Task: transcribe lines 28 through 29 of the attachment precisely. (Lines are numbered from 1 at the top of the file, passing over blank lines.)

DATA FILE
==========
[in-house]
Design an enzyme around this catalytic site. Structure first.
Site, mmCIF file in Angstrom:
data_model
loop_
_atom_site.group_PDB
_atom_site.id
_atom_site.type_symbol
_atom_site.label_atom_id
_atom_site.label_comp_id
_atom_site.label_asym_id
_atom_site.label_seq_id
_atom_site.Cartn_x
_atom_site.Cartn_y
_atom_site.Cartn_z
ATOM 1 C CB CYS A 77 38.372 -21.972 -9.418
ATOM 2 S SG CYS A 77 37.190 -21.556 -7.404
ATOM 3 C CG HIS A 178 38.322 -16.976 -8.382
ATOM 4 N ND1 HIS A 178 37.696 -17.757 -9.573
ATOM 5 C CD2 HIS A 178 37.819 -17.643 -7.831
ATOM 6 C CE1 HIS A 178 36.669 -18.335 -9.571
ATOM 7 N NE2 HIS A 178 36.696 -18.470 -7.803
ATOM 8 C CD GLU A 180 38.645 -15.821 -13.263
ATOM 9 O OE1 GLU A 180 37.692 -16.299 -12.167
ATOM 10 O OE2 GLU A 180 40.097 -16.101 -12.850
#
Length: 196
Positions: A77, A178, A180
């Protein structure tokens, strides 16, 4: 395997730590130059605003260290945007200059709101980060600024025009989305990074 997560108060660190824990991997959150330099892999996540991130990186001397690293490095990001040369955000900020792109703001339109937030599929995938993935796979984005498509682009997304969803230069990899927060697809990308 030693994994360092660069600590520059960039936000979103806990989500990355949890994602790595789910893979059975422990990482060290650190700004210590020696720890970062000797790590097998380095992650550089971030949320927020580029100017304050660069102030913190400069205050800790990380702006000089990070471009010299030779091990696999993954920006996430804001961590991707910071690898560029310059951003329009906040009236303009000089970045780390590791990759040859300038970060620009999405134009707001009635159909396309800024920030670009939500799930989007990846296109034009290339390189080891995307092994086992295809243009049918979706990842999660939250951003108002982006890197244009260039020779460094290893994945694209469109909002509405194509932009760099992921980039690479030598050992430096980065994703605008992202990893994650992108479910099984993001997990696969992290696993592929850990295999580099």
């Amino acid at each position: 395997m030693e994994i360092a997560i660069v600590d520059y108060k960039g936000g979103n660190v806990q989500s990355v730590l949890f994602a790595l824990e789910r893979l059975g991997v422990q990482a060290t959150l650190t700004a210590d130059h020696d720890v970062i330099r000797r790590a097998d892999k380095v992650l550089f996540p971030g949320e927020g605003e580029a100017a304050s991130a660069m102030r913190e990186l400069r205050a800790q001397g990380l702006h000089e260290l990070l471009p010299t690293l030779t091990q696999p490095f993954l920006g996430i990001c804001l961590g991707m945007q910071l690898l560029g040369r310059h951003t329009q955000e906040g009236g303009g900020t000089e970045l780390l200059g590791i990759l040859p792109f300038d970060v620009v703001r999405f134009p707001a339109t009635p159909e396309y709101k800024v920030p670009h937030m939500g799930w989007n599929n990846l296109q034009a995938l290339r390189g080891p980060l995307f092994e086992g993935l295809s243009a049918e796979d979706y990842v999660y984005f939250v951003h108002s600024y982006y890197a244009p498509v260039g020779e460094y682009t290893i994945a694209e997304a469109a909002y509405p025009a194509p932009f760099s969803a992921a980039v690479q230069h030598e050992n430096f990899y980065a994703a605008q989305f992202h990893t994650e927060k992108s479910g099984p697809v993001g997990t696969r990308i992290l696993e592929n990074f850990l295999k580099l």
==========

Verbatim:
Positions: A77, A178, A180
């Protein structure tokens, strides 16, 4: 395997730590130059605003260290945007200059709101980060600024025009989305990074 997560108060660190824990991997959150330099892999996540991130990186001397690293490095990001040369955000900020792109703001339109937030599929995938993935796979984005498509682009997304969803230069990899927060697809990308 030693994994360092660069600590520059960039936000979103806990989500990355949890994602790595789910893979059975422990990482060290650190700004210590020696720890970062000797790590097998380095992650550089971030949320927020580029100017304050660069102030913190400069205050800790990380702006000089990070471009010299030779091990696999993954920006996430804001961590991707910071690898560029310059951003329009906040009236303009000089970045780390590791990759040859300038970060620009999405134009707001009635159909396309800024920030670009939500799930989007990846296109034009290339390189080891995307092994086992295809243009049918979706990842999660939250951003108002982006890197244009260039020779460094290893994945694209469109909002509405194509932009760099992921980039690479030598050992430096980065994703605008992202990893994650992108479910099984993001997990696969992290696993592929850990295999580099």